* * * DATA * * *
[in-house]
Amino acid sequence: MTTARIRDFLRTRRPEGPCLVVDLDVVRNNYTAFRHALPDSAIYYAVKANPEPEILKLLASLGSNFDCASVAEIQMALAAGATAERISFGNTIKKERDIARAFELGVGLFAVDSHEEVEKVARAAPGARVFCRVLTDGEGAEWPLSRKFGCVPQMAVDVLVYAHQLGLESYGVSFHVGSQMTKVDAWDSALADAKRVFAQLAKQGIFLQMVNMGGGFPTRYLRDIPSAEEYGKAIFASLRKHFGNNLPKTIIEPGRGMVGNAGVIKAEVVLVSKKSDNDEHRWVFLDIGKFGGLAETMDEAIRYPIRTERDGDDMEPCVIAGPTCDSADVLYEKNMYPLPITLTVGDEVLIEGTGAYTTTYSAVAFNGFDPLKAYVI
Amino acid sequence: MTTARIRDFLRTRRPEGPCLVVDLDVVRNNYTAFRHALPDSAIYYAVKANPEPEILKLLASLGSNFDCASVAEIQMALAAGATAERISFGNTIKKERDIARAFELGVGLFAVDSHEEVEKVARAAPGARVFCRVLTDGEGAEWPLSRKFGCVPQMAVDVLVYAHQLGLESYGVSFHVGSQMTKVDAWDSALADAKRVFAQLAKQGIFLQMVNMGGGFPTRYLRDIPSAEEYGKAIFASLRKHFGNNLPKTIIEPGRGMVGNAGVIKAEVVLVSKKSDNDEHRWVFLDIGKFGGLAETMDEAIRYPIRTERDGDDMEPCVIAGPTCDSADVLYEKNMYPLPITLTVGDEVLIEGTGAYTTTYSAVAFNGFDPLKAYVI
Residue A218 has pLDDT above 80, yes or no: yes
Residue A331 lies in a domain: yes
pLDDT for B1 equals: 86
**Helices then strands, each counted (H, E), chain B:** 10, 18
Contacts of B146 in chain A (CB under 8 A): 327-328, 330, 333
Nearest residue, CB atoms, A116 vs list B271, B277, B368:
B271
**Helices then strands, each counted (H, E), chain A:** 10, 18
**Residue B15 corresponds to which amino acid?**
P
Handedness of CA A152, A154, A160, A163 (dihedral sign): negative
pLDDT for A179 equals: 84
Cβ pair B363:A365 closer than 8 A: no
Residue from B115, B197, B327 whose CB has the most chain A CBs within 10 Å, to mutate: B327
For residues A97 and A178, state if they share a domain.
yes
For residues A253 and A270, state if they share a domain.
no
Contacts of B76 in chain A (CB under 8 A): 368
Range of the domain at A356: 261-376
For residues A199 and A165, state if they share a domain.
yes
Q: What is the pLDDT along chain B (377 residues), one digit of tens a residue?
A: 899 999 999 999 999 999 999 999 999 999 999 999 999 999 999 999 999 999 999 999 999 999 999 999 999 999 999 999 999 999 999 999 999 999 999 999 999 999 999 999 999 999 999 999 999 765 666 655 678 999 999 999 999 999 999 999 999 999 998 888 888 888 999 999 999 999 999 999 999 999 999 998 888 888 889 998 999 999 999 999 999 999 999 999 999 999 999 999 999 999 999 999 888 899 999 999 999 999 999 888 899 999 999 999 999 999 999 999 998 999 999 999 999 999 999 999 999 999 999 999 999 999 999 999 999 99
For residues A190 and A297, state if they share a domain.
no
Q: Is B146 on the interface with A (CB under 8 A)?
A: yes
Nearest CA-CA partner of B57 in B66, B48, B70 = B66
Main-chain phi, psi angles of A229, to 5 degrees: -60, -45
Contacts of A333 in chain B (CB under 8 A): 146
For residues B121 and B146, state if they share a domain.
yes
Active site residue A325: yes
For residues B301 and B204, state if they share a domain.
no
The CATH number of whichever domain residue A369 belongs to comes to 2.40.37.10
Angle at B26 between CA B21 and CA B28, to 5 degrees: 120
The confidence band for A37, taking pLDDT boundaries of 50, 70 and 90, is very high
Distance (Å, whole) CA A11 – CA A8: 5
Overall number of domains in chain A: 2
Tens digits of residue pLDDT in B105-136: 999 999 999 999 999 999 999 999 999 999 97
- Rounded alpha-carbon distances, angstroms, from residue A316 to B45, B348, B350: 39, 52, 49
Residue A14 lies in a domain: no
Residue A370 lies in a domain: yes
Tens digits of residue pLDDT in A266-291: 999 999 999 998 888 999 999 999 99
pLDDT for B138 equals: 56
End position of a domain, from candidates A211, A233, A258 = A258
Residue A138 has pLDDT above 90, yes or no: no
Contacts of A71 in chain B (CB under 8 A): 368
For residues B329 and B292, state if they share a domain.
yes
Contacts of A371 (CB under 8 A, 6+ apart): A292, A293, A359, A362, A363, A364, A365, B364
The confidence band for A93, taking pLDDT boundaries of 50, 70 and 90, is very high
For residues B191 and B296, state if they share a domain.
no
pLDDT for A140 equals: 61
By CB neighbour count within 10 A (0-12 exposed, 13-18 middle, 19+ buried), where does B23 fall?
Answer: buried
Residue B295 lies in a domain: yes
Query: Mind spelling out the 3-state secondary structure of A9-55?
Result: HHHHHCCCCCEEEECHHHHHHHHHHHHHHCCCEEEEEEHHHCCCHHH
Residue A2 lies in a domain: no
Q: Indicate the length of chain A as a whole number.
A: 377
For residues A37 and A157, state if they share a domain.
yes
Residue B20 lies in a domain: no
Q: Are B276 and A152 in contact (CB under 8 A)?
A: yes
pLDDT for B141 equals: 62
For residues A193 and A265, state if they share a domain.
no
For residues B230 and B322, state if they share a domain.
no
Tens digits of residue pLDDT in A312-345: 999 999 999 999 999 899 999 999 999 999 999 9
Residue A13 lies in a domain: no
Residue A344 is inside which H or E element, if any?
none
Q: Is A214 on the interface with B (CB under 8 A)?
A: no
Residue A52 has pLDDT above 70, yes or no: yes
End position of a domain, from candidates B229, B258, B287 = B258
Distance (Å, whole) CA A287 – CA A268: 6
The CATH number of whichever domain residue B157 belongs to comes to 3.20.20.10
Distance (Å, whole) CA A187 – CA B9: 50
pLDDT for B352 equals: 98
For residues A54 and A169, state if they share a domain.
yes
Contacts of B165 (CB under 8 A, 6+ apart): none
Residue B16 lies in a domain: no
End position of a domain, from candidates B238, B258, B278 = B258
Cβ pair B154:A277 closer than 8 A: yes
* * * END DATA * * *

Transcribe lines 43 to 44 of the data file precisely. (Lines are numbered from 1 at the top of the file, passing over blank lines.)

Distance (Å, whole) CA A11 – CA A8: 5
Overall number of domains in chain A: 2